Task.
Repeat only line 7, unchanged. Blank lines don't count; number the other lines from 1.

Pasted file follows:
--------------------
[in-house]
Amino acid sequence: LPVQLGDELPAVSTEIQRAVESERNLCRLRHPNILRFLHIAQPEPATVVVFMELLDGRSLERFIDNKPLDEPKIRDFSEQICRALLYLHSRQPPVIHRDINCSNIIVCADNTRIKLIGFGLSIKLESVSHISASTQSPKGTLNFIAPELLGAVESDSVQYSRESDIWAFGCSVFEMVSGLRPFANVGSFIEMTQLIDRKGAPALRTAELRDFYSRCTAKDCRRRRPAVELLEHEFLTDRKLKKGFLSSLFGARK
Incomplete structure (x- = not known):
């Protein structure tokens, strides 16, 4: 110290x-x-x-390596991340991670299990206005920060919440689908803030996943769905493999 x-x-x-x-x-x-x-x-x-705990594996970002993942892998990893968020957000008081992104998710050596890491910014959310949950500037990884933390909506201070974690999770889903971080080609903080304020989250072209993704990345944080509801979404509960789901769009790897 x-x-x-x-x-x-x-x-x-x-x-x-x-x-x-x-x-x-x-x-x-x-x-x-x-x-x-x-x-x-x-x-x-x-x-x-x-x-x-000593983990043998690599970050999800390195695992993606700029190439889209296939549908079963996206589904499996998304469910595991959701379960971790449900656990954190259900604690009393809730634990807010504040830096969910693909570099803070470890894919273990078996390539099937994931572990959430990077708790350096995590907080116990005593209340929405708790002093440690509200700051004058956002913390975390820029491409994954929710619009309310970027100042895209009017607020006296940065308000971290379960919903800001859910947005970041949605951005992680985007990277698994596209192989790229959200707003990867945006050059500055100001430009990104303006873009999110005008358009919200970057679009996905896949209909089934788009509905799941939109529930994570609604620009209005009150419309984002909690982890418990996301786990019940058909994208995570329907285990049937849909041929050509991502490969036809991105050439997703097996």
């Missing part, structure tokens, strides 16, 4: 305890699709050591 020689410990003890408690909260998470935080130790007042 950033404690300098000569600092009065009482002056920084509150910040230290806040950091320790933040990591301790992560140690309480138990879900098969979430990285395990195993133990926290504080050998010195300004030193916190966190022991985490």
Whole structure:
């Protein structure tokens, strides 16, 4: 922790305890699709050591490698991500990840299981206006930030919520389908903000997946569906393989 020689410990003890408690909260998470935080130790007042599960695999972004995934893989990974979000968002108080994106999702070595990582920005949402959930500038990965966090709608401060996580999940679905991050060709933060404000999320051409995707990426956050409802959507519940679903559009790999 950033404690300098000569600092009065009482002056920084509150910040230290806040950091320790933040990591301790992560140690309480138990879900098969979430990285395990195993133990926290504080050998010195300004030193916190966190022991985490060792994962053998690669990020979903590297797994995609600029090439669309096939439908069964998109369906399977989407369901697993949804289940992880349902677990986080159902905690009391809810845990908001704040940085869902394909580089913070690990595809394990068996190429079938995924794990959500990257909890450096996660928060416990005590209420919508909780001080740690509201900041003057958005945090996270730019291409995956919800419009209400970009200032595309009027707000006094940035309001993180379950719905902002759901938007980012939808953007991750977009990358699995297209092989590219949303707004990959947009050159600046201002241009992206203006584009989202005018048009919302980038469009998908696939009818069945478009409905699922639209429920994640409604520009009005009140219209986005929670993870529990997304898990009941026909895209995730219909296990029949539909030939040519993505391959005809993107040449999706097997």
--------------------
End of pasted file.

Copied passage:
């Protein structure tokens, strides 16, 4: 922790305890699709050591490698991500990840299981206006930030919520389908903000997946569906393989 020689410990003890408690909260998470935080130790007042599960695999972004995934893989990974979000968002108080994106999702070595990582920005949402959930500038990965966090709608401060996580999940679905991050060709933060404000999320051409995707990426956050409802959507519940679903559009790999 950033404690300098000569600092009065009482002056920084509150910040230290806040950091320790933040990591301790992560140690309480138990879900098969979430990285395990195993133990926290504080050998010195300004030193916190966190022991985490060792994962053998690669990020979903590297797994995609600029090439669309096939439908069964998109369906399977989407369901697993949804289940992880349902677990986080159902905690009391809810845990908001704040940085869902394909580089913070690990595809394990068996190429079938995924794990959500990257909890450096996660928060416990005590209420919508909780001080740690509201900041003057958005945090996270730019291409995956919800419009209400970009200032595309009027707000006094940035309001993180379950719905902002759901938007980012939808953007991750977009990358699995297209092989590219949303707004990959947009050159600046201002241009992206203006584009989202005018048009919302980038469009998908696939009818069945478009409905699922639209429920994640409604520009009005009140219209986005929670993870529990997304898990009941026909895209995730219909296990029949539909030939040519993505391959005809993107040449999706097997």